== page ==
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When packaging a Python package with a that uses the setuptools:

from setuptools import setup

the source distribution created by:

python sdist

not only includes, as usual, the files specified in, but it also, gratuitously, includes all of the files that Subversion lists as being version controlled beneath the package directory. This is vastly annoying. Not only does it make it difficult to exercise any sort of explicit control over what files get distributed with my package, but it means that when I build my package following an "svn export" instead of an "svn checkout", the contents of my package might be quite different, since without the .svn metadata setuptools will make different choices about what to include.

My question: how can I turn off this terrible behavior, so that "setuptools" treats my project the same way whether I'm using Subversion, or version control it's never heard of, or a bare tree created with "svn export" that I've created at the end of my project to make sure it builds cleanly somewhere besides my working directory?

The best I have managed so far is an ugly monkey-patch:

from setuptools.command import sdist
del sdist.finders[:]

But this is Python, not the jungle, so of course I want a better solution that involves no monkeys at all. How can I tame setuptools, turn off its magic, and have it behave sensibly by looking at the visible, predictable rules in my instead?

share|improve this question
I think I am having the exact same problem here, only with .git and py2app:… – jdi Mar 30 '12 at 18:17
Wow, it does look like the same problem! – Brandon Rhodes Mar 31 '12 at 2:53
I posted a monkeypatch hack on as an answer to my own question. Havent found anything better yet – jdi Mar 31 '12 at 4:53
up vote 13 down vote accepted

I know you know much of this, Brandon, but I'll try to give as a complete answer as I can (although I'm no setuptools gury) for the benefit of others.

The problem here is that setuptools itself involves quite a lot of black magick, including using an entry point called setuptools.file_finders where you can add plugins to find files to include. I am, however, at a complete loss as to how REMOVE plugins from it...

  • Quick workaround: svn export your package to a temporary directory and run the from there. That means you have no svn, so the svn finder finds no files to include. :)

  • Longer workaround: Do you really need setuptools? Setuptools have a lot of features, so the answer is likely yes, but mainly those features are depdenencies (so your dependencies get installed by easy_install), namespace packages (, and entry points. Namespace packages can actually be created without setuptools as well. But if you use none of these you might actually get away with just using distutils.

  • Ugly workaround: The monkeypatch you gave to sdist in your question, which simply makes the plugin not have any finders, and exit quickly.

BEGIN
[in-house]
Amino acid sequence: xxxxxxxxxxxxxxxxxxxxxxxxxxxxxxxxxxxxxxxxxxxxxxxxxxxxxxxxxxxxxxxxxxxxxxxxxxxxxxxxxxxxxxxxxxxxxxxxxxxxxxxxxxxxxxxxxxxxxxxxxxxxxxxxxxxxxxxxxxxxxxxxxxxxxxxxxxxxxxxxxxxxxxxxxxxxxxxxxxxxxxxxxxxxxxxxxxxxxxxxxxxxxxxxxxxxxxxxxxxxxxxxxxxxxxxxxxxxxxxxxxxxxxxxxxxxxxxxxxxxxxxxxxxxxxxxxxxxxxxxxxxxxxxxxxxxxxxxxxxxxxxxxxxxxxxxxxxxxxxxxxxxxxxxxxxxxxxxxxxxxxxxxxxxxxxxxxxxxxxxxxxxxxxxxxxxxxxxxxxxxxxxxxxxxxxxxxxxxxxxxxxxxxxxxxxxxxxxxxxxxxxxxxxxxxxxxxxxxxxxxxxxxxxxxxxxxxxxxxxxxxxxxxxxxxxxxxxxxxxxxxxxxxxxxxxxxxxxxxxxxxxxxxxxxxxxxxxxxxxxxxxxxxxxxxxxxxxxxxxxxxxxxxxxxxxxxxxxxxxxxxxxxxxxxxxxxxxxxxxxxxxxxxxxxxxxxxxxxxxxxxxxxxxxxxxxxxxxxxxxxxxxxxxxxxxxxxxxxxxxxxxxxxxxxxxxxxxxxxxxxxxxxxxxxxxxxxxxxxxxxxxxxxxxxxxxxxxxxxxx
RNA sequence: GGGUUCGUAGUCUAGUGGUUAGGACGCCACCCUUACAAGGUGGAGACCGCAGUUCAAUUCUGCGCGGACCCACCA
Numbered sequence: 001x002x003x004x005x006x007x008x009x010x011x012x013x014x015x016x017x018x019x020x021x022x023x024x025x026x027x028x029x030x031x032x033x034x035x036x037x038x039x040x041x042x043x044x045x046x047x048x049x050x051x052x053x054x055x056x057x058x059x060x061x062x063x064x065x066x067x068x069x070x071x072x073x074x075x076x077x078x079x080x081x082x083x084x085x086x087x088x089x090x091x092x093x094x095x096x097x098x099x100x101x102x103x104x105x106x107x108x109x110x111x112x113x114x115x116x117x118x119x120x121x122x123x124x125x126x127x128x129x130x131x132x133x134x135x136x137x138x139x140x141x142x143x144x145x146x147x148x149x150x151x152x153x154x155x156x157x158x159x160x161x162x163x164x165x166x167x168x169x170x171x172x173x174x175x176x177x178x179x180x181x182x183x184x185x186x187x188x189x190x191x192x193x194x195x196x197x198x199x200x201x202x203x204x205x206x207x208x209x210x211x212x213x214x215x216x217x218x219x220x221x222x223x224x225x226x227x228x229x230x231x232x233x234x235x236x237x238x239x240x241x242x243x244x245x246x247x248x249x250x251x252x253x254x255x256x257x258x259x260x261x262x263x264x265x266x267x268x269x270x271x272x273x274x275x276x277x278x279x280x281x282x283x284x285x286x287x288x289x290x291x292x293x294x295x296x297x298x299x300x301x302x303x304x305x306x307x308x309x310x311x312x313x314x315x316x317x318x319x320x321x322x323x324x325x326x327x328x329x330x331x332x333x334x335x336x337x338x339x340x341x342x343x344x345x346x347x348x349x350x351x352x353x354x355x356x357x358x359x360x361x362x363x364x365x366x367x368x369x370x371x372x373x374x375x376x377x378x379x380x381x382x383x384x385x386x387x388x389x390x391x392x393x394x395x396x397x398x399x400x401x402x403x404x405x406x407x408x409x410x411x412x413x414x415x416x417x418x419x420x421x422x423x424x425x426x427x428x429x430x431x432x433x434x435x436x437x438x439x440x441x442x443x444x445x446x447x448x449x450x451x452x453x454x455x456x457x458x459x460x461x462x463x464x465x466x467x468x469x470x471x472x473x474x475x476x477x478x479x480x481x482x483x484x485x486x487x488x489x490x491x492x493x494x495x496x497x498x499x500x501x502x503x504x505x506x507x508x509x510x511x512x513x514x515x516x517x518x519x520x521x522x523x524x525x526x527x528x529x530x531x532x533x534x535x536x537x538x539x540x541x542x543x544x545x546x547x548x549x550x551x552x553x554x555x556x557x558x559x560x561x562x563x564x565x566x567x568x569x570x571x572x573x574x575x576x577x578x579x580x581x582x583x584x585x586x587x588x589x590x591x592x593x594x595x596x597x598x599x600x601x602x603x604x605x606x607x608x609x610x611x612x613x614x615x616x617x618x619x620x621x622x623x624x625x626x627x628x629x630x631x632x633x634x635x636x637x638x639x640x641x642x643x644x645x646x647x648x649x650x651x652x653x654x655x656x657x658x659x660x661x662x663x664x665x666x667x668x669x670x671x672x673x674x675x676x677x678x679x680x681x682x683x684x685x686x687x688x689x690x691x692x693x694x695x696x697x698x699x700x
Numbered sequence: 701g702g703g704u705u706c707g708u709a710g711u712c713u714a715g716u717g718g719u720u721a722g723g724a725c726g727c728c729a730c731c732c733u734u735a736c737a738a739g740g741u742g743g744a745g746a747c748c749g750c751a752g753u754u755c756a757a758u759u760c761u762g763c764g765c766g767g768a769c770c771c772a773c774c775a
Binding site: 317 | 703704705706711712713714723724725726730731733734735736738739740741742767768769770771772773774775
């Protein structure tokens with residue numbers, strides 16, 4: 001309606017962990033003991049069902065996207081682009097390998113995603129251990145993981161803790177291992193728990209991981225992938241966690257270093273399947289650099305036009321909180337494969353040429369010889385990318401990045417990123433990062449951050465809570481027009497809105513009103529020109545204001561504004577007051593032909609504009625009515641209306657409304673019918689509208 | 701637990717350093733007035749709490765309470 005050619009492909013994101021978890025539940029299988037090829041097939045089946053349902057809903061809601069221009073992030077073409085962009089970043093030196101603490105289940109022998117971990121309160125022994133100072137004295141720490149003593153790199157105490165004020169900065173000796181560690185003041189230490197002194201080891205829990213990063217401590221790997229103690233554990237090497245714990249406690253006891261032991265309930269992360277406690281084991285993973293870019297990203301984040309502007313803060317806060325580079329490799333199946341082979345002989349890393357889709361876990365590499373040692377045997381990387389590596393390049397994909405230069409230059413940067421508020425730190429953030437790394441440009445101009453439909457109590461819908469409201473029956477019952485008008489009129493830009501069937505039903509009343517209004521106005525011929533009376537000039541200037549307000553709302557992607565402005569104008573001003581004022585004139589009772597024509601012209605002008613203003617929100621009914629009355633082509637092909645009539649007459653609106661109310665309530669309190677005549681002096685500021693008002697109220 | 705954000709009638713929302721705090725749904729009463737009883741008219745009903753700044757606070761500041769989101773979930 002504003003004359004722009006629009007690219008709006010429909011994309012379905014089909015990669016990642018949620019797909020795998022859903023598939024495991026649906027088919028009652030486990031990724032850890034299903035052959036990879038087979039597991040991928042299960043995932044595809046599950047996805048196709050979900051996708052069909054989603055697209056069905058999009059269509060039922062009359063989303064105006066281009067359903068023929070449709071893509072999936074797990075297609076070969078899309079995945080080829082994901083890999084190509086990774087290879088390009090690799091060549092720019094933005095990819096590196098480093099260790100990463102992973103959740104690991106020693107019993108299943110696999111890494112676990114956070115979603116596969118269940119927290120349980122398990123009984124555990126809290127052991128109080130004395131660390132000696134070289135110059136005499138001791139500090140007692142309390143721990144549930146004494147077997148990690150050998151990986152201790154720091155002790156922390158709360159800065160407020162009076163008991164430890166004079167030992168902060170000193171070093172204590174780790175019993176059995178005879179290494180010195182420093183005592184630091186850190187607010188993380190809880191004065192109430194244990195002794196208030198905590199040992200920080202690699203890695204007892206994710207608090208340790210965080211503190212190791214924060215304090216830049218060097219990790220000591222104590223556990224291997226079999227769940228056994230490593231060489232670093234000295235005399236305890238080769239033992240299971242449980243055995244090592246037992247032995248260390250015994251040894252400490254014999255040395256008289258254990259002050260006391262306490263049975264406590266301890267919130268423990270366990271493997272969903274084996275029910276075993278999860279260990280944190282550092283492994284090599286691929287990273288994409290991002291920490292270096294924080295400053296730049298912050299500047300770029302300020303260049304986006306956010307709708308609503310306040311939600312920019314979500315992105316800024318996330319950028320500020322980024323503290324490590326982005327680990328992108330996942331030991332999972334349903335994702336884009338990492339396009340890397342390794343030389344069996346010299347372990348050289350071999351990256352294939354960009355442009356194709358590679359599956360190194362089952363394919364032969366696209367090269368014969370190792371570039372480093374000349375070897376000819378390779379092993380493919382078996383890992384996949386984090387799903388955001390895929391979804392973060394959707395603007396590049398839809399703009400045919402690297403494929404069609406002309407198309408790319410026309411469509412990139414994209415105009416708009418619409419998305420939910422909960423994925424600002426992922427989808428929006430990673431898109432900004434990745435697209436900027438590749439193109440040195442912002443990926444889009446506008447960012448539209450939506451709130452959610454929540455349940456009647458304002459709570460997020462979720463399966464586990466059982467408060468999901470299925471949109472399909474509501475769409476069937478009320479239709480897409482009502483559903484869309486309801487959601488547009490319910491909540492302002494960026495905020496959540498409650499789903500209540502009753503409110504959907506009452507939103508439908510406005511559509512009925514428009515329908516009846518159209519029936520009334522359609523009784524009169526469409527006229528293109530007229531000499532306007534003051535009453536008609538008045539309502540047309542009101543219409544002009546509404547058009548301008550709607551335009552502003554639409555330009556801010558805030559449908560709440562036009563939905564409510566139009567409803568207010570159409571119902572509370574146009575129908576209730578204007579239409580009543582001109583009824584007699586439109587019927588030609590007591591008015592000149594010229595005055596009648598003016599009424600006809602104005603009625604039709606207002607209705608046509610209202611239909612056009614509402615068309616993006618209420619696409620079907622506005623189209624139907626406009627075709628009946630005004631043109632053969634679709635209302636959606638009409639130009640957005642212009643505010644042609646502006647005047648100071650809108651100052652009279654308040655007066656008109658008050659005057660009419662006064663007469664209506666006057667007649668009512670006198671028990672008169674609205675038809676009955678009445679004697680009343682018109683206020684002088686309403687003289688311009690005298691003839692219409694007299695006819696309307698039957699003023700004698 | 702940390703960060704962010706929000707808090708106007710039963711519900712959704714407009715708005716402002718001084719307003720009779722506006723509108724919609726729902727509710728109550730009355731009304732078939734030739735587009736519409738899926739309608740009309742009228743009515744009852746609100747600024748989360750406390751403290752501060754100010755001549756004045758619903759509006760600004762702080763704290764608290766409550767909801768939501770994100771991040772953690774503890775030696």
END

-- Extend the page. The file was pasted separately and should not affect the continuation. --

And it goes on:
So as you see, this answer, although as complete as I can make it, is still embarrassingly incomplete. I can't actually answer your question, though I think the answer is "You can't".

share|improve this answer

Create a file with:

recursive-exclude .
# other commands go here
# to explicitly include whatever files you want

See for the syntax.

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That produces an error for me. I had to use recursive-exclude . *. – Aryeh Leib Taurog Jan 27 '14 at 23:14

Probably the answer is in your Do you use find_packages? This function by default uses the VCS (e.g. subversion, hg, ...). If you don't like it, just write a different Python function which collects only the things you want.

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find_packages by itself just uses listdir, in fact, and looks for files named – Lennart Regebro Jul 15 '09 at 10:37

I would argue that the default sdist behavior is correct. When you are building a source distribution, I would expect it to contain everything that is checked into Subversion. Of course it would be nice to be able to override it cleanly in special circumstances.

Compare sdist to bdist_egg; I bet only the files that are specified explicitly get included.

I did a simple test with three files, all in svn. Empty dummy.lkj and and with looking like this:

import setuptools
setuptools.setup(name='foobar', version='0.1', py_modules=['foobar'])

sdist creates a tarball that includes dummy.lkj. bdist_egg creates an egg that does not include dummy.lkj.

share|improve this answer

You probably want something like this:

from distutils.core import setup

def packages():
    import os

    packages = []

    for path, dirs, files in os.walk("yourprogram"):
        if ".svn" in dirs:

        if "" in files:
            packages.append(path.replace(os.sep, "."))

    return packages

    # name, version, description, etc...

    packages = packages(),

    # pacakge_data, data_files, etc...
share|improve this answer
+1: For those who downvote, please give an explanation for why the post is invalid. This approach seems to work great. – Mr Fooz Jun 17 '14 at 18:37

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